During a 2014 logging industry event in the Pacific Northwest, geogrid was used to reinforce portions of a heavily travelled logging road. The demonstration was conducted during the Pacific Logging Congress, 7th In the Woods, held in Molalla, Ore.
An aggregate haul road was constructed to demonstrate the difference of an unreinforced road section vs. a section reinforced with geogrid. The result showed that the reduced use of aggregate with geogrid minimized rutting caused by fully loaded logging trucks.
Port Blakely Tree Farms was the host of this logging show. Conducted every four years, this “live in the woods” event is part of the Pacific Logging Congress and provides a hands-on venue where growers, loggers, and regulators come together to share state-of-the-art practices and technologies for the responsible and economical harvest of timber. Show attendees witness an assortment of live logging activities, all utilizing the latest, most advanced equipment, technology, and environmentally responsible methods.
“Aggregate surface haul roads are used to expedite transportation of timber as well as to prevent soil loss and minimize erosion,” said Bob Klein, executive vice president with Advanced Drainage Systems Inc. (ADS). “A typical haul road generally requires about 14 to16 inches of quality aggregate, about 60 cubic yards for every 100 feet of haul road. Suitable aggregates, however, are often some distance away. The cost of buying and transporting this amount of aggregate can quickly surpass any financial gains brought by expedited transportation of the timber. But with the addition of the proper geogrid, the amount of needed aggregate is greatly reduced, making it economically practical to build a road that will last.”
200-ft. unpaved road
As part of the show, a 200-foot-long haul road was constructed. Half of the road was constructed as a conventional logging road with 16 inches of compacted aggregate over the native subgrade. The other half was constructed with 8 inches of compacted aggregate placed over the geogrid, which had been unrolled over the native subgrade, and then 500 gallons of water was pumped over the surface and allowed to saturate.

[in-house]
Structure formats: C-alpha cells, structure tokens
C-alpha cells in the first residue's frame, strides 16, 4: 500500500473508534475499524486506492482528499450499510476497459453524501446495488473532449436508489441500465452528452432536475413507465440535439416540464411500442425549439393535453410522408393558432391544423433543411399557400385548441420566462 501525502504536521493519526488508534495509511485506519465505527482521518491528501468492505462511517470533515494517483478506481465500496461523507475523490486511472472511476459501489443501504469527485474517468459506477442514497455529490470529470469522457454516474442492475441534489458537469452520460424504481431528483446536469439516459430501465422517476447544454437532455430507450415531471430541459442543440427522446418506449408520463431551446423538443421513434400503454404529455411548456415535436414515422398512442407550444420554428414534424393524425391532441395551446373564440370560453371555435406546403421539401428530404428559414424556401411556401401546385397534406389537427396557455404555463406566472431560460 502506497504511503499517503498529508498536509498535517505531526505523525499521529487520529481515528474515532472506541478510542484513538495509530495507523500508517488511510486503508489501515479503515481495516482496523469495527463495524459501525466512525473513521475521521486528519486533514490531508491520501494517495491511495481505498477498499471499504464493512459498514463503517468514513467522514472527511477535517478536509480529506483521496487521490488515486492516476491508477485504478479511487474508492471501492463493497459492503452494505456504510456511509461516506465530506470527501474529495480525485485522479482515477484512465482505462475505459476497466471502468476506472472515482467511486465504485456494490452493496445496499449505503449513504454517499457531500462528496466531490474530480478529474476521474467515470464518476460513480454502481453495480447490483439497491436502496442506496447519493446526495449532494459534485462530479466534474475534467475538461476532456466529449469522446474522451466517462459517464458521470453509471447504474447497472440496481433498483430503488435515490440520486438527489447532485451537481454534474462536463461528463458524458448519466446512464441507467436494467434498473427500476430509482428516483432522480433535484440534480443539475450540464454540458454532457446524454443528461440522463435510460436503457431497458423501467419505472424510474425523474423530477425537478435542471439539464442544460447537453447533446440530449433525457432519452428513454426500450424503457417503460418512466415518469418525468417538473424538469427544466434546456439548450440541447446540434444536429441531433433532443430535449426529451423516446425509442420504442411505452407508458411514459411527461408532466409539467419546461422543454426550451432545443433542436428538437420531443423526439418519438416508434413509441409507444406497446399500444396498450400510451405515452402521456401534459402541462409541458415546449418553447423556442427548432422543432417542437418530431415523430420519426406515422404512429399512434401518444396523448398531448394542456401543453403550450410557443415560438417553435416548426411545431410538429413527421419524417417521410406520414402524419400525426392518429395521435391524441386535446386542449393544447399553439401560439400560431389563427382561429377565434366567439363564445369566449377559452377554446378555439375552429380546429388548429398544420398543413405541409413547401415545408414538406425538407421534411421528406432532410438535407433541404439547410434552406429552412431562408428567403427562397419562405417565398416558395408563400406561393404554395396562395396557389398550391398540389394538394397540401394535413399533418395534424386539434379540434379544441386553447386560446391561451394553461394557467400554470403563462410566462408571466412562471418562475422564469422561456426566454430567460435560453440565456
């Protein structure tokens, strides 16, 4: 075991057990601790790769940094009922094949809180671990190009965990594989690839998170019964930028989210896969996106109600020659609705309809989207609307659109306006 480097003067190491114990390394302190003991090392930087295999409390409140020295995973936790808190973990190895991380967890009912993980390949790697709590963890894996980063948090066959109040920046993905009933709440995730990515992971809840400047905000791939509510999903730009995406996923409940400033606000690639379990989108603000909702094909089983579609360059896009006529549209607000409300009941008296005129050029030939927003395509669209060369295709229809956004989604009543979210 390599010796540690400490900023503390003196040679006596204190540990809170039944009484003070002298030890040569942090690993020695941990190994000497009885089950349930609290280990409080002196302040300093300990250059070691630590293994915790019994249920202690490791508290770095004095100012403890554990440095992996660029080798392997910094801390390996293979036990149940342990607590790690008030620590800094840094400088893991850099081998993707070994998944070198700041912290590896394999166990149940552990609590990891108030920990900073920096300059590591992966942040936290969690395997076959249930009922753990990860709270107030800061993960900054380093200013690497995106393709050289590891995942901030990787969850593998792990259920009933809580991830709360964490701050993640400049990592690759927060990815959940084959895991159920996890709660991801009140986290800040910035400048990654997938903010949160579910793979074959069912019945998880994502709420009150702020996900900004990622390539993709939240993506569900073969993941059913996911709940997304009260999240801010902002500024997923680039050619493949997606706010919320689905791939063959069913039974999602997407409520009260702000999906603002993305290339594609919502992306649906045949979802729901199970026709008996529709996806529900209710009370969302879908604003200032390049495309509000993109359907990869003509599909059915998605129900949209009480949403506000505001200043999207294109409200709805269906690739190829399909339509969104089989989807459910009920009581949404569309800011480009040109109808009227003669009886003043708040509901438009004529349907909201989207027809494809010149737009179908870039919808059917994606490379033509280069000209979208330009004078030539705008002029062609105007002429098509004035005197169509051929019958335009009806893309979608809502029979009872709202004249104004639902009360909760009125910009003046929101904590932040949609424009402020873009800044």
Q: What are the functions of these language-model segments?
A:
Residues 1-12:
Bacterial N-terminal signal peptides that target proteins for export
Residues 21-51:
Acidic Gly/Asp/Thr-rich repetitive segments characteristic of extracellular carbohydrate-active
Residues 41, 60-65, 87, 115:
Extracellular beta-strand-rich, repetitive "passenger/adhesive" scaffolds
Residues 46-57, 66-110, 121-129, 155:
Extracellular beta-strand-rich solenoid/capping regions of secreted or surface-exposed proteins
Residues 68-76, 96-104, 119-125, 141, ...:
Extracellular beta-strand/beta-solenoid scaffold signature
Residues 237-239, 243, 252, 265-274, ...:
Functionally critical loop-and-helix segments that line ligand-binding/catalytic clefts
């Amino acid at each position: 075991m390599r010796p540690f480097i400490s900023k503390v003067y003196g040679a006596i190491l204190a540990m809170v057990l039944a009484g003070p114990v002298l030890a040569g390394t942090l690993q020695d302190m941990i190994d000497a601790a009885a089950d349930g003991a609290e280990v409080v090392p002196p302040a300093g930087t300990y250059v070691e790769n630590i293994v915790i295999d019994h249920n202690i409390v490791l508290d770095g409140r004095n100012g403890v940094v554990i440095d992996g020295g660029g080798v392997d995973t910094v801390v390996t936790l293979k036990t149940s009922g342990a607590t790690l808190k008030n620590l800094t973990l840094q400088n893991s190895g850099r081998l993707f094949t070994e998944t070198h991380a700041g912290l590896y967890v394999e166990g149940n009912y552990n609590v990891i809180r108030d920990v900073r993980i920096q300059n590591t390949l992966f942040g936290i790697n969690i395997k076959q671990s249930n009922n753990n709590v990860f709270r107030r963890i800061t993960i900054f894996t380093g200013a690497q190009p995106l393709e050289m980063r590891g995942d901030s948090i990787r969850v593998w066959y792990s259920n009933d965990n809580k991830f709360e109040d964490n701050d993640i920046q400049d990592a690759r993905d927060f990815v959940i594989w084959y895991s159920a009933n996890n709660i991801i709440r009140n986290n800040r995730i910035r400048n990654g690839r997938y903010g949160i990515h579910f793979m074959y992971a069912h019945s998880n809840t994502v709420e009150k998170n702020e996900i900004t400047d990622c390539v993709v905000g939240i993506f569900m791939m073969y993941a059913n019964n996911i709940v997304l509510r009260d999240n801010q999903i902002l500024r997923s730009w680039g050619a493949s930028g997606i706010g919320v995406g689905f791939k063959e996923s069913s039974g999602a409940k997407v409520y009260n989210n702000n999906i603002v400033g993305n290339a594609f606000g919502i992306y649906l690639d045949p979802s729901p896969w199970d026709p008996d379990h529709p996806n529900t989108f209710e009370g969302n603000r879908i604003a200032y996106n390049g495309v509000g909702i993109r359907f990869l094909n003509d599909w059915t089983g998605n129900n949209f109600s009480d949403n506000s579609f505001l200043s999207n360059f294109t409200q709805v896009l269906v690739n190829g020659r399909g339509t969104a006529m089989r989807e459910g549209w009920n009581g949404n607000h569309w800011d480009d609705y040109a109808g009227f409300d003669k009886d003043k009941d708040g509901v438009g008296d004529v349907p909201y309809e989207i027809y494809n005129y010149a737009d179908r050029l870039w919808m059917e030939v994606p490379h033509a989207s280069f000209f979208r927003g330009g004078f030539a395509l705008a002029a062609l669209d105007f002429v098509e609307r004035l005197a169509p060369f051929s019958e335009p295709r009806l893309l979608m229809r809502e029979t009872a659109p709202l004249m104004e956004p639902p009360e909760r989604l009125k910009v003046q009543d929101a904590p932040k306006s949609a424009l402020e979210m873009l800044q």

Klein noted that the geogrids were able to withstand stress in two directions and their apertures are more evenly dimensioned. For the demonstration, a fully-loaded tractor trailer logging truck travelled back and forth during several days over both sections of the roadway.
“The reinforcement benefit of the geogrid with its positive mechanical interlock was quickly evident,” Klein said. “Ruts began forming in the unreinforced sections and got deeper and deeper with each pass. Only minimal rutting was witnessed in the reinforced section. With just 8 inches of compacted aggregate, the reinforced section proved stronger than the unreinforced section that had twice the amount of aggregate. Using the geogrid reduced aggregate use by 50%.”
Klein explained that the geogrids are designed for soil stabilization, base reinforcement, and subgrade improvement used in road reinforcement, parking lots, and airport aprons and runways where stresses are in two directions. These particular geogrids were produced from polypropylene (PP) using punched-and-drawn technology and are available in six versions in a variety of widths and lengths.
Klein noted that the engineered grid pattern of geogrid products is the key to their load-bearing strength and support. He continued: “Interlocking this pattern with fill, whether it is soil, gravel, or rock, produces a superior load transfer that provides security for a project, whether it is for a road or for base reinforcement and soil stabilization.”